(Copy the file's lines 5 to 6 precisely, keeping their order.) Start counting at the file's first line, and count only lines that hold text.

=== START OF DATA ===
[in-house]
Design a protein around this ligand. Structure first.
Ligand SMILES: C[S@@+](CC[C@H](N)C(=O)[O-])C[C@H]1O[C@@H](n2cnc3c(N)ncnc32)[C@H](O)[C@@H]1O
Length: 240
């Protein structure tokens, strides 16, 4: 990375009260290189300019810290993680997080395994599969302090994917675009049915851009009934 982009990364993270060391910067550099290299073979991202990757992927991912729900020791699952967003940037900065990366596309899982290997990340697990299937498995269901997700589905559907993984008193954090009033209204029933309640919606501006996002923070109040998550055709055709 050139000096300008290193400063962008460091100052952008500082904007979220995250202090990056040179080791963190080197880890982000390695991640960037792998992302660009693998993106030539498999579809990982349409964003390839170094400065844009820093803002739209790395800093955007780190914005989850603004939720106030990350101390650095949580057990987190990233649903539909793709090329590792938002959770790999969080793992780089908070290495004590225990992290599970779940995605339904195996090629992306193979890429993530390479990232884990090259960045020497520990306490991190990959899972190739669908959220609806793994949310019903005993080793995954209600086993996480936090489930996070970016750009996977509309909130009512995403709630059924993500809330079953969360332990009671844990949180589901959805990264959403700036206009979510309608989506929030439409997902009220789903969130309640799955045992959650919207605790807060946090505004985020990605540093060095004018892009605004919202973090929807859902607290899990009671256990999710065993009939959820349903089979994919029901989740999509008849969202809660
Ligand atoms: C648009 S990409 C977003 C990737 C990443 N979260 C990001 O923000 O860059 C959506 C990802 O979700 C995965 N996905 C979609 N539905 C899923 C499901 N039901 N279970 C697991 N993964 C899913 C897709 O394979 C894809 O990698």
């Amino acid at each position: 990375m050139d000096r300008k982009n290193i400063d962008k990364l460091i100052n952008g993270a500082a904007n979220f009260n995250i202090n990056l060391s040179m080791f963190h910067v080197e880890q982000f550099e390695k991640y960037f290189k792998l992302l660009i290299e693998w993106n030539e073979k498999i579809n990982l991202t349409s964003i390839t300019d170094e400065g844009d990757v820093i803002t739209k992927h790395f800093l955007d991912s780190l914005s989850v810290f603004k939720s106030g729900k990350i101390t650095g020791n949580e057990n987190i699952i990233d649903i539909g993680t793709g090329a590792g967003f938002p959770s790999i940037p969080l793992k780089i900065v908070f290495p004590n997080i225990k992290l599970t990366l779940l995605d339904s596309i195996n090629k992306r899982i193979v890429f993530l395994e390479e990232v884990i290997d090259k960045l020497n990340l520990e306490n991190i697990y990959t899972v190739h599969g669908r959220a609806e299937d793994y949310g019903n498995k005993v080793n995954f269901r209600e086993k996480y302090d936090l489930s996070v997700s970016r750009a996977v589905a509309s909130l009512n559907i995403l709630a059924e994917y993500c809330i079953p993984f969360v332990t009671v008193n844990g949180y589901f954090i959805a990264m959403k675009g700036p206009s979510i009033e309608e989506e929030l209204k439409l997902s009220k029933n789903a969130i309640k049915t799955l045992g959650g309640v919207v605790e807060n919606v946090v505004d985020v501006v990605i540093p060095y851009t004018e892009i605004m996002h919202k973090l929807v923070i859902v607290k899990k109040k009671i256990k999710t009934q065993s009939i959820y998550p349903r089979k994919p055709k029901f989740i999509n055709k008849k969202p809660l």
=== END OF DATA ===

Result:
């Protein structure tokens, strides 16, 4: 990375009260290189300019810290993680997080395994599969302090994917675009049915851009009934 982009990364993270060391910067550099290299073979991202990757992927991912729900020791699952967003940037900065990366596309899982290997990340697990299937498995269901997700589905559907993984008193954090009033209204029933309640919606501006996002923070109040998550055709055709 050139000096300008290193400063962008460091100052952008500082904007979220995250202090990056040179080791963190080197880890982000390695991640960037792998992302660009693998993106030539498999579809990982349409964003390839170094400065844009820093803002739209790395800093955007780190914005989850603004939720106030990350101390650095949580057990987190990233649903539909793709090329590792938002959770790999969080793992780089908070290495004590225990992290599970779940995605339904195996090629992306193979890429993530390479990232884990090259960045020497520990306490991190990959899972190739669908959220609806793994949310019903005993080793995954209600086993996480936090489930996070970016750009996977509309909130009512995403709630059924993500809330079953969360332990009671844990949180589901959805990264959403700036206009979510309608989506929030439409997902009220789903969130309640799955045992959650919207605790807060946090505004985020990605540093060095004018892009605004919202973090929807859902607290899990009671256990999710065993009939959820349903089979994919029901989740999509008849969202809660
Ligand atoms: C648009 S990409 C977003 C990737 C990443 N979260 C990001 O923000 O860059 C959506 C990802 O979700 C995965 N996905 C979609 N539905 C899923 C499901 N039901 N279970 C697991 N993964 C899913 C897709 O394979 C894809 O990698």